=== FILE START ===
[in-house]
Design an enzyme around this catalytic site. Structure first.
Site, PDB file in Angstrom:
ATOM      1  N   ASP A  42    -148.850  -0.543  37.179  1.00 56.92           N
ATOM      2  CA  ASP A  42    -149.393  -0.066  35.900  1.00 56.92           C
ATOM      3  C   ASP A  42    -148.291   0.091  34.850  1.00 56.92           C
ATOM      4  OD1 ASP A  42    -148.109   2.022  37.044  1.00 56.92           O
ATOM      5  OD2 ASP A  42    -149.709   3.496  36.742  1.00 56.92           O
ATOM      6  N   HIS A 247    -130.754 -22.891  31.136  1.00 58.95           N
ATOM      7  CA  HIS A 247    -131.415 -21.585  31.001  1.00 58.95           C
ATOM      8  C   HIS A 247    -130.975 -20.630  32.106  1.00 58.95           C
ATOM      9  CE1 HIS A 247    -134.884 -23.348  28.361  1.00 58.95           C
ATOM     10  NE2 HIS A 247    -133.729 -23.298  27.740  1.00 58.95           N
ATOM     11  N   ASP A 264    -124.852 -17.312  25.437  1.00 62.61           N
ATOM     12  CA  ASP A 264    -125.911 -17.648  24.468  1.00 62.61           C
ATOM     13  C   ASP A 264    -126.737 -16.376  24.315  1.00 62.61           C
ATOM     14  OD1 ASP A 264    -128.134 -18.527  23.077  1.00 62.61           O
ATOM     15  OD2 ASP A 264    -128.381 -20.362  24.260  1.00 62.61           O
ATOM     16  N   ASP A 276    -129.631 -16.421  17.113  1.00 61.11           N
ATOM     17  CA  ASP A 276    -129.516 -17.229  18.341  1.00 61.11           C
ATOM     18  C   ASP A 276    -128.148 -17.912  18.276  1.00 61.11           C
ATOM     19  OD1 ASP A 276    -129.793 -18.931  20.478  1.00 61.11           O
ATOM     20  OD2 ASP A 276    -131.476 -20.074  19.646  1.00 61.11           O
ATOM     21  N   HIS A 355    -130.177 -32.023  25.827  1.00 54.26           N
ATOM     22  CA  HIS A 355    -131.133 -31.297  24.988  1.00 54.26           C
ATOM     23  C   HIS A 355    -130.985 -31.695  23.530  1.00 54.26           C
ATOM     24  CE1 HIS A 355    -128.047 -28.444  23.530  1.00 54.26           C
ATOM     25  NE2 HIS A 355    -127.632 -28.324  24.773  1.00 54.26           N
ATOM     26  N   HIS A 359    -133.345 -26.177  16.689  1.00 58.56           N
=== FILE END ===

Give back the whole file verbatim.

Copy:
[in-house]
Design an enzyme around this catalytic site. Structure first.
Site, PDB file in Angstrom:
ATOM      1  N   ASP A  42    -148.850  -0.543  37.179  1.00 56.92           N
ATOM      2  CA  ASP A  42    -149.393  -0.066  35.900  1.00 56.92           C
ATOM      3  C   ASP A  42    -148.291   0.091  34.850  1.00 56.92           C
ATOM      4  OD1 ASP A  42    -148.109   2.022  37.044  1.00 56.92           O
ATOM      5  OD2 ASP A  42    -149.709   3.496  36.742  1.00 56.92           O
ATOM      6  N   HIS A 247    -130.754 -22.891  31.136  1.00 58.95           N
ATOM      7  CA  HIS A 247    -131.415 -21.585  31.001  1.00 58.95           C
ATOM      8  C   HIS A 247    -130.975 -20.630  32.106  1.00 58.95           C
ATOM      9  CE1 HIS A 247    -134.884 -23.348  28.361  1.00 58.95           C
ATOM     10  NE2 HIS A 247    -133.729 -23.298  27.740  1.00 58.95           N
ATOM     11  N   ASP A 264    -124.852 -17.312  25.437  1.00 62.61           N
ATOM     12  CA  ASP A 264    -125.911 -17.648  24.468  1.00 62.61           C
ATOM     13  C   ASP A 264    -126.737 -16.376  24.315  1.00 62.61           C
ATOM     14  OD1 ASP A 264    -128.134 -18.527  23.077  1.00 62.61           O
ATOM     15  OD2 ASP A 264    -128.381 -20.362  24.260  1.00 62.61           O
ATOM     16  N   ASP A 276    -129.631 -16.421  17.113  1.00 61.11           N
ATOM     17  CA  ASP A 276    -129.516 -17.229  18.341  1.00 61.11           C
ATOM     18  C   ASP A 276    -128.148 -17.912  18.276  1.00 61.11           C
ATOM     19  OD1 ASP A 276    -129.793 -18.931  20.478  1.00 61.11           O
ATOM     20  OD2 ASP A 276    -131.476 -20.074  19.646  1.00 61.11           O
ATOM     21  N   HIS A 355    -130.177 -32.023  25.827  1.00 54.26           N
ATOM     22  CA  HIS A 355    -131.133 -31.297  24.988  1.00 54.26           C
ATOM     23  C   HIS A 355    -130.985 -31.695  23.530  1.00 54.26           C
ATOM     24  CE1 HIS A 355    -128.047 -28.444  23.530  1.00 54.26           C
ATOM     25  NE2 HIS A 355    -127.632 -28.324  24.773  1.00 54.26           N
ATOM     26  N   HIS A 359    -133.345 -26.177  16.689  1.00 58.56           N